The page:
Fine-tuning supplements to increase profit

By Dairy News

Studies to determine the nutritive characteristics of perennial rye-grass are helping Agriculture Victoria research scientist Meaghan Douglas develop grain rations that will optimise milk production.

Fine-tuning supplement mixes and amounts could minimise the need to feed high amounts of protein during spring, which could help farm profitability.

Ms Douglas is a research scientist at the National Centre for Dairy Research, Ellinbank. She is completing a PhD focusing on optimising the supply of nutrients from pasture and supplements to grazing dairy cows through a joint agreement with Agriculture Victoria and the University of Sydney.

Her primary focus is investigating the nutritive characteristics of perennial rye-grass cultivars grown on farms in Gippsland, northern Victoria and south-west Victoria.

Eighteen cultivars of perennial rye-grass have been collected from each region during early and late spring, summer, autumn and winter by Agriculture Victoria staff at Ellinbank, Tatura and Warrnambool, and analysed for their nutritive characteristics.

The Ellinbank farm received a wet end to winter and a wet start to spring.

To complement this information, Ms Douglas conducted two experiments to determine the degradation characteristics of different perennial rye-grass cultivars in the rumen of dairy cows over 72 hours.

“These experiments investigated the ruminal degradation characteristics of protein and fibre in three perennial rye-grass cultivars harvested in early spring when the pasture is vegetative, and in summer during the reproductive phase of the plant life cycle,” she said.

Research scientist Meaghan Douglas is developing grain rations that will help lift profitability.

Ms Douglas said there were differences in the amount of protein degraded in the rumen between the early spring perennial rye-grass cultivars within regions of Victoria.

“The later flowering, tetraploid cultivar had the greatest amount of total protein available for degradation in the rumen in northern Victoria, while the early flowering, diploid cultivar had the greatest amount in south-west Victoria,” she said.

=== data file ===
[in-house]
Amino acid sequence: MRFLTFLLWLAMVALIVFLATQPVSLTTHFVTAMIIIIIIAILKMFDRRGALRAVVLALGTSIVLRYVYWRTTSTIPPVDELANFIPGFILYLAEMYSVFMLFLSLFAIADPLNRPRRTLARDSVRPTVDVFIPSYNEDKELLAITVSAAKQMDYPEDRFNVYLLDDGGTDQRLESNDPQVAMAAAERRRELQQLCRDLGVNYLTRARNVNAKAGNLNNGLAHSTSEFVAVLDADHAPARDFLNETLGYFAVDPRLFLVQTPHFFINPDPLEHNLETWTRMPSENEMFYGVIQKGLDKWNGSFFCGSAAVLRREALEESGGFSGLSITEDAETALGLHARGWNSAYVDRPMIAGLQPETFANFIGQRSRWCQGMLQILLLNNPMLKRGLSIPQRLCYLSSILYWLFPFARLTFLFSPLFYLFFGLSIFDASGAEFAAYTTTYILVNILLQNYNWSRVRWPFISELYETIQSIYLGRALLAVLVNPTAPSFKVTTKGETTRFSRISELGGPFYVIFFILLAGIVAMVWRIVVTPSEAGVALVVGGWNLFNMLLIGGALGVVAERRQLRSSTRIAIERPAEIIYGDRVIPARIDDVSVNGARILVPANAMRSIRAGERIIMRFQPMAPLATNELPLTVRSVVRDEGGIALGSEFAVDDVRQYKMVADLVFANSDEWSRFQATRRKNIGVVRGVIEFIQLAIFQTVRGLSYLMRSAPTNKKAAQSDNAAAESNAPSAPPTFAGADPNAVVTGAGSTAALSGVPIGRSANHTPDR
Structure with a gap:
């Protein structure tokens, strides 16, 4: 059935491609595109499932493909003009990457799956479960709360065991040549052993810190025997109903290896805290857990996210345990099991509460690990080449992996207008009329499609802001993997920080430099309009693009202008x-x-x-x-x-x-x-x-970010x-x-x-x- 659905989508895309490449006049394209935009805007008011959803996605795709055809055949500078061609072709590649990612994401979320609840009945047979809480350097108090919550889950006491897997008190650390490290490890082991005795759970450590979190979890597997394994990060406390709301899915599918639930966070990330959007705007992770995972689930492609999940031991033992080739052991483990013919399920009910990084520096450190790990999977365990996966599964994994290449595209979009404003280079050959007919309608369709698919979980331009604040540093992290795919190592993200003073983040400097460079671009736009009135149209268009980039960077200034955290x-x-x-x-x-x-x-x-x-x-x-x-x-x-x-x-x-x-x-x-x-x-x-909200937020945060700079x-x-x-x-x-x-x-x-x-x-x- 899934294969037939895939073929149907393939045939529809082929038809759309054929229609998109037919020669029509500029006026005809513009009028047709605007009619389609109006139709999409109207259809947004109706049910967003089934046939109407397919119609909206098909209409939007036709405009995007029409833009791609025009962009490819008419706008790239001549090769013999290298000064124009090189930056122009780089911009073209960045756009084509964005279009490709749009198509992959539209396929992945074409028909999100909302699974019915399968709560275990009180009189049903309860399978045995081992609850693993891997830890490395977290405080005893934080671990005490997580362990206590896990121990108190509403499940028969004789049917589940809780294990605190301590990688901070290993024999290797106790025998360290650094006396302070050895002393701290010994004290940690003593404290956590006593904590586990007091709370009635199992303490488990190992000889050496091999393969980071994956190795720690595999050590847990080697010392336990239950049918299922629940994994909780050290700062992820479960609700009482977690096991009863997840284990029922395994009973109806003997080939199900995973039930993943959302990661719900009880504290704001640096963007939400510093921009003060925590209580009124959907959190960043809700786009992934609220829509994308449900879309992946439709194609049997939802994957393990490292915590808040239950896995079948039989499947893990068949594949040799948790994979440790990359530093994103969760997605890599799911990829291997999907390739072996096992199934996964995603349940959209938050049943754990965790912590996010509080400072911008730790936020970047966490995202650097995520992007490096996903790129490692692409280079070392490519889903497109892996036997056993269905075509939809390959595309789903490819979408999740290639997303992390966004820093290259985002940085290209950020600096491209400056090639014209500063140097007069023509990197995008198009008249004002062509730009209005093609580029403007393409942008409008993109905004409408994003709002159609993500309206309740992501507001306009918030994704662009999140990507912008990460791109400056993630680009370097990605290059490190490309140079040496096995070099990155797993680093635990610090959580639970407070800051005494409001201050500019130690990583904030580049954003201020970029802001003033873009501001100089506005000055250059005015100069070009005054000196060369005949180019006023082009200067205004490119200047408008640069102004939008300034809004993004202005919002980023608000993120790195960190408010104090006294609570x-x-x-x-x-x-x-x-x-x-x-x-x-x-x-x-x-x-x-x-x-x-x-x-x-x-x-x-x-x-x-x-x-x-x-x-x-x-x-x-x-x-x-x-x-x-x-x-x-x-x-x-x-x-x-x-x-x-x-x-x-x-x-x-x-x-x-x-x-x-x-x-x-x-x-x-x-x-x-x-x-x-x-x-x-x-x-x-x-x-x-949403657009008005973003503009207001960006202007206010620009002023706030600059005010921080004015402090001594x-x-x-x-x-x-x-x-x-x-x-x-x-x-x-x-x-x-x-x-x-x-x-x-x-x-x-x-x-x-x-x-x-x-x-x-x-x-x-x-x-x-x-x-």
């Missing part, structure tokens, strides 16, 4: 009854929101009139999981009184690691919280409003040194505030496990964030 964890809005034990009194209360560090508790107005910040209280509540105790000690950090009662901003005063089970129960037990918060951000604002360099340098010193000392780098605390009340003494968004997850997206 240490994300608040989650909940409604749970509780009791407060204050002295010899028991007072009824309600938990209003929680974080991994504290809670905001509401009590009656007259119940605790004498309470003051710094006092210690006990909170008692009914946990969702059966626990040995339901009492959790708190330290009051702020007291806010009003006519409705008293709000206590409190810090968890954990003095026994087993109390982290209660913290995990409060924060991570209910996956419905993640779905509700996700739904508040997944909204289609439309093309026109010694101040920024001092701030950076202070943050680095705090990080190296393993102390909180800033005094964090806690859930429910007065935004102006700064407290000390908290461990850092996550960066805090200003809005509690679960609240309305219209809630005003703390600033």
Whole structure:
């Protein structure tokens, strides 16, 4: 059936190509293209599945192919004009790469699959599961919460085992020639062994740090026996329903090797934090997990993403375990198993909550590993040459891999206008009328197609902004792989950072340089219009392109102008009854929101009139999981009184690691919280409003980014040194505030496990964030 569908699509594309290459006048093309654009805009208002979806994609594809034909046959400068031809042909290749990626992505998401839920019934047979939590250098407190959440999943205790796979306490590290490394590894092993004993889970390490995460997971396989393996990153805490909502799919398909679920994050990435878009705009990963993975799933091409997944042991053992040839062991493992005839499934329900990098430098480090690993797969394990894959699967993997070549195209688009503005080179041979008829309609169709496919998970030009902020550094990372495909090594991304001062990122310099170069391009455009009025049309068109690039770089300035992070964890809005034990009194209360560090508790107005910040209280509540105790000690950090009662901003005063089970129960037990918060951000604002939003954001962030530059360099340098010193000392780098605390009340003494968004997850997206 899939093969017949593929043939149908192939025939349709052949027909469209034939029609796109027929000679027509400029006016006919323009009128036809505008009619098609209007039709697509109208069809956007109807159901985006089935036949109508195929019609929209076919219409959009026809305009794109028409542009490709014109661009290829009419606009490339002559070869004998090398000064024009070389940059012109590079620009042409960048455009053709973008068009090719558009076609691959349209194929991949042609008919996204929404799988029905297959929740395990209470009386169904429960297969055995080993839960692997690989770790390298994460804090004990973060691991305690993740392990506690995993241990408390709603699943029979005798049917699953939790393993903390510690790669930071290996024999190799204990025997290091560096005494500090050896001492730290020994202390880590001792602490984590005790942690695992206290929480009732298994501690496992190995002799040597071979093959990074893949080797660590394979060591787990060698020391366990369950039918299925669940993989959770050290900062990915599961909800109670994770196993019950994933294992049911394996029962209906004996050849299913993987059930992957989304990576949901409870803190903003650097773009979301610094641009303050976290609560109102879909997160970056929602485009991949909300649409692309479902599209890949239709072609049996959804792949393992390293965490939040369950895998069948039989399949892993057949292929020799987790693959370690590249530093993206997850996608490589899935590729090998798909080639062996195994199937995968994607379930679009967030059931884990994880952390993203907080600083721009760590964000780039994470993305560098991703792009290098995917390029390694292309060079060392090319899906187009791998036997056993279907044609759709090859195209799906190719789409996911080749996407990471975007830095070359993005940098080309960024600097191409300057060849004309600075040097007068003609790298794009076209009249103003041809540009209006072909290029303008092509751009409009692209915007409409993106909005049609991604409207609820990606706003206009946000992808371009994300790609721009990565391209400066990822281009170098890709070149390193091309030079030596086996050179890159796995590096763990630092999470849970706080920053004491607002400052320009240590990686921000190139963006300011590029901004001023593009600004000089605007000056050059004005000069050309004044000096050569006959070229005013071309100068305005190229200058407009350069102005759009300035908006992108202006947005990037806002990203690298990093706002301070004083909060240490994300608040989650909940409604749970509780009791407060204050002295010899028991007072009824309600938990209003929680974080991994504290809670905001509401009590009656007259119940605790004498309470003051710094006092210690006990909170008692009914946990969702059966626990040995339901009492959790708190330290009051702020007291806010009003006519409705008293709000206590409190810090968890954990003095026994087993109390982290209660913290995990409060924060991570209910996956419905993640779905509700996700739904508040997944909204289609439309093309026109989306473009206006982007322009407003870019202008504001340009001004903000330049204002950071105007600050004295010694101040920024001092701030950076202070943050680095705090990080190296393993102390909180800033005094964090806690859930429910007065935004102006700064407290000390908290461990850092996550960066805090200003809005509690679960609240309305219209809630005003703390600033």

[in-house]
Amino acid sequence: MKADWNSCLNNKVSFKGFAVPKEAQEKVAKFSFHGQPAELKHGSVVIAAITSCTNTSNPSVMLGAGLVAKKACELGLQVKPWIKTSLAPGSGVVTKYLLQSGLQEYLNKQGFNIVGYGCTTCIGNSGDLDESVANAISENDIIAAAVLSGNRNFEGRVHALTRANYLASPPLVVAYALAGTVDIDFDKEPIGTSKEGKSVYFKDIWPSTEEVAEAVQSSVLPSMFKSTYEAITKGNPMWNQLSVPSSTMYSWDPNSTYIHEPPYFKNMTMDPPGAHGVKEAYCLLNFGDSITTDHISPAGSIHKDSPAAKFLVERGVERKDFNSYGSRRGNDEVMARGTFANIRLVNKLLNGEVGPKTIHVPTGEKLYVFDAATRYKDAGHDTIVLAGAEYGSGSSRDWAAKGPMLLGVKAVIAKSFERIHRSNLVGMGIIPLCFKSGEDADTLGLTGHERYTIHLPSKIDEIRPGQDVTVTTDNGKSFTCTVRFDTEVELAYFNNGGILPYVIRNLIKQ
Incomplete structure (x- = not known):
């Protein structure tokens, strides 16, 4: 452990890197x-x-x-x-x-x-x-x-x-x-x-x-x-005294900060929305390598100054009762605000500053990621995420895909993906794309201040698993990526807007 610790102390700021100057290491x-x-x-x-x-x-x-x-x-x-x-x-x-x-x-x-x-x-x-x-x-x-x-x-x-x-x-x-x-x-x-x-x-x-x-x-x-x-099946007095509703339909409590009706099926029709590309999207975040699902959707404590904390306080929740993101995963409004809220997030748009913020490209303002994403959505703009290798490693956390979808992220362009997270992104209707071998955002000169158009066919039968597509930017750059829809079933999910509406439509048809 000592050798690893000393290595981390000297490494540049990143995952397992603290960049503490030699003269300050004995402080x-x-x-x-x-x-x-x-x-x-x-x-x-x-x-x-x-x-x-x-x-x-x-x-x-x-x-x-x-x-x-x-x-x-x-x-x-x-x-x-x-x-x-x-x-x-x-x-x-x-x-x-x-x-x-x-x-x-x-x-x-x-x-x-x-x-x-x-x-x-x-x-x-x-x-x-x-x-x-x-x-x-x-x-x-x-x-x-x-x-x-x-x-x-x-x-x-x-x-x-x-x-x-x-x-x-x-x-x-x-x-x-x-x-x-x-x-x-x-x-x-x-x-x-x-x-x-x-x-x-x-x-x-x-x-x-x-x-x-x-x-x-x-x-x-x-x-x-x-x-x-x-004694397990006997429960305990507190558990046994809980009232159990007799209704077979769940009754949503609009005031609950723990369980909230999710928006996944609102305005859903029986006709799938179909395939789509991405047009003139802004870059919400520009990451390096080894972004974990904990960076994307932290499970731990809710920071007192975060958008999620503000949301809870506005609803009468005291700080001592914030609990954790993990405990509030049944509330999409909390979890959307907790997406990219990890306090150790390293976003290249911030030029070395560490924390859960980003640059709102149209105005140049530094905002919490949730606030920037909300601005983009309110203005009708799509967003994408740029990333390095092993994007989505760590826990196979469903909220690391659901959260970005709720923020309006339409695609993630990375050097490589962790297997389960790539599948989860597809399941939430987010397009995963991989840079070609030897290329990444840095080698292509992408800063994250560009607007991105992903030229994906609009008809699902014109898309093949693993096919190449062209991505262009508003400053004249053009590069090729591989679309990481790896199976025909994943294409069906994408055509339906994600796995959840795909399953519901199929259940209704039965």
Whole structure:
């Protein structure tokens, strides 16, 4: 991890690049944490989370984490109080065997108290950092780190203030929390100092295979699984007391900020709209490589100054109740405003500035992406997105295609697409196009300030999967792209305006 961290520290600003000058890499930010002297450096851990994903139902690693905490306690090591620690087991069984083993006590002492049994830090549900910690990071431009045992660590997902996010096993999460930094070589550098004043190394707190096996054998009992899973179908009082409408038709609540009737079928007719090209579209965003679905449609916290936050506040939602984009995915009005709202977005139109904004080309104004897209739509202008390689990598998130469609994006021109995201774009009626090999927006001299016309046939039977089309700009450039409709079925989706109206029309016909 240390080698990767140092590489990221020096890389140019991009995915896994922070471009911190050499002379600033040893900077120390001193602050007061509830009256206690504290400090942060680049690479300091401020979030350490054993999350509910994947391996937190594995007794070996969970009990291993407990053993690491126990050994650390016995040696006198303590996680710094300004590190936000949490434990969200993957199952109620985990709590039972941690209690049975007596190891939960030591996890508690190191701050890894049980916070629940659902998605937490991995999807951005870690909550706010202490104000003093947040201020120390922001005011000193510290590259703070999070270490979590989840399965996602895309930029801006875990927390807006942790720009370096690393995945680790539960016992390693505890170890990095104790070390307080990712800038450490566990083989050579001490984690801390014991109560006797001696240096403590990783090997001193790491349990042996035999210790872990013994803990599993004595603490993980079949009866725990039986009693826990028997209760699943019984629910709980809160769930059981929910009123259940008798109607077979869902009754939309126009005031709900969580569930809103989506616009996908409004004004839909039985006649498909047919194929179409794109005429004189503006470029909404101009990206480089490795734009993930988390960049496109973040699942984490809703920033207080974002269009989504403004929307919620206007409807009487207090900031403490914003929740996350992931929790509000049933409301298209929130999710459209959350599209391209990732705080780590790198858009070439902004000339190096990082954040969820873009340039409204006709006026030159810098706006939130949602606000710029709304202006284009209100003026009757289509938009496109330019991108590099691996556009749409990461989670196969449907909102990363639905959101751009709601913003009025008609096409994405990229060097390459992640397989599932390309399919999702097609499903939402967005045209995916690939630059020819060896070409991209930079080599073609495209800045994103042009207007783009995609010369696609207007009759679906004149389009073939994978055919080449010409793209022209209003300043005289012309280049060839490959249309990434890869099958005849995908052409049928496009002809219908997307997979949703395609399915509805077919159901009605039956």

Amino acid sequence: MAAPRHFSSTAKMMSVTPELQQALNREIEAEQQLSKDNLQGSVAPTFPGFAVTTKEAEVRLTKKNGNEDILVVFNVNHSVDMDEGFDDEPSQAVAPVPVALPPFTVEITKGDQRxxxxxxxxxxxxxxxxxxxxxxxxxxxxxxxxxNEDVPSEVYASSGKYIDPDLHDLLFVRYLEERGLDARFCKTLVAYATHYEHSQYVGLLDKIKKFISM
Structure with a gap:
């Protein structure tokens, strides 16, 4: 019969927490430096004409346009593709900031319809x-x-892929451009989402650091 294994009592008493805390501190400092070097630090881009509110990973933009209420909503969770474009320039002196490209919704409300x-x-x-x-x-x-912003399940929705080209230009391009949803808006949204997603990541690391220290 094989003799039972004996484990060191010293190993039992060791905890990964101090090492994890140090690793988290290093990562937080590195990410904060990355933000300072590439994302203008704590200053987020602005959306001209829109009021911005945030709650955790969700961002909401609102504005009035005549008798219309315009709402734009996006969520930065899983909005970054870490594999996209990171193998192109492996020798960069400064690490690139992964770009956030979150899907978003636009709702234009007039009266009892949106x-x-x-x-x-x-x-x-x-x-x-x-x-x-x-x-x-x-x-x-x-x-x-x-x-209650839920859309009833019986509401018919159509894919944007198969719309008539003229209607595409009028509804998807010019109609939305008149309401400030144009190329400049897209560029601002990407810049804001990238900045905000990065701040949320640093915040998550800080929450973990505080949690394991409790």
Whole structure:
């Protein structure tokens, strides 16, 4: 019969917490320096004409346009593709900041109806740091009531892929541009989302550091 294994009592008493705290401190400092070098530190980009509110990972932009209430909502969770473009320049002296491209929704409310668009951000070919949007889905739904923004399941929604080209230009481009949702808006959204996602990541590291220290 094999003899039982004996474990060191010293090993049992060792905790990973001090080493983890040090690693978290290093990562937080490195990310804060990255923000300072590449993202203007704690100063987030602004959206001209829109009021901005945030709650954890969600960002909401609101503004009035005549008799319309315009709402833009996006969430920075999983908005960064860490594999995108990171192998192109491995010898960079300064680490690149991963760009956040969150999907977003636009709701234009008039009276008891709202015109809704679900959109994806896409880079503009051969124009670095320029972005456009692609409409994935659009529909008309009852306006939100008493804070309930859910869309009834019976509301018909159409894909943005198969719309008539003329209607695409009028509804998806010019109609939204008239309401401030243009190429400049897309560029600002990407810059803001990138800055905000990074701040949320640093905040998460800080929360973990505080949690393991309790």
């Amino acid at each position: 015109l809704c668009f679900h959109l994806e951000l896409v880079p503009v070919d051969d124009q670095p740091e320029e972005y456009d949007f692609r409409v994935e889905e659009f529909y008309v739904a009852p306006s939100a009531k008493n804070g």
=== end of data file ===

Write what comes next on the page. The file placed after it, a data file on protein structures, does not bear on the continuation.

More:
Using the large knowledge base of perennial rye-grass nutritive characteristics created during this work, Ms Douglas hopes to optimise supplementary grain rations for pasture-based dairy cattle during each season of the year that can be fed in the dairy to increase milk production by complementing the nutrition the cows receive from pasture.

The diets will be formulated using nutrition model CPM Dairy, and during Ms Douglas’ PhD this model will be used to formulate optimal grain rations for use in pasture-based systems.

“The model will be evaluated by undertaking grazing experiments and using the nutritive characteristics of perennial rye-grass during each season to formulate supplementary grain rations,” she said.

“These grazing experiments will be conducted at Ellinbank using the rye-grass data from Gippsland.

“If the model is able to successfully formulate a ration for grazing dairy cows in Gippsland when compared to the results of the grazing experiment, then it could be applied to farms in northern and south-western Victoria where the perennial rye-grass data will be known.”

The Ellinbank herd grazing in the paddock.

To evaluate the model, two grazing experiments have been conducted at Ellinbank, one in late spring and one in autumn.

Four supplementary grain diets fed in the dairy during milking were tested: a control diet consisting of wheat and barley; a formulated grain mix used in previous grazing research at Ellinbank, which consisted of wheat, barley, maize grain and canola meal; and two “designer grain mix” diets, which were formulated using CPM Dairy.

“The first mix consisted of the same ingredients as the formulated grain mix, however the purpose of this grain mix was to provide nutrients that complemented those that the cows were receiving from the pasture in order to optimise milk production, therefore the amounts of each ingredient were in different proportions to the formulated grain mix,” Ms Douglas said.

“The second mix consisted of wheat, barley, maize grain and replaced canola meal with urea and a fat supplement to determine whether the observed responses to feeding canola meal were due to some intrinsic feature of canola meal, or whether a similar outcome could be achieved using similar nutrients from different sources.”

These facilities enable every bite a cow takes to me measured.

Measurements taken during the experiments included milk production, body weight and condition score, rumen pH measurements as well as total dry matter intake of both pasture and grain.

Ms Douglas said results from the late spring grazing experiment demonstrated that cows could achieve a similar milk yield when fed a designer grain mix with half the amount of canola meal as the formulated grain mix.

“This work has shown that knowing the nutritive characteristics of perennial rye-grass in late spring can assist in formulating grain rations to optimise milk production.”

Ellibank farm manager Greg Morris.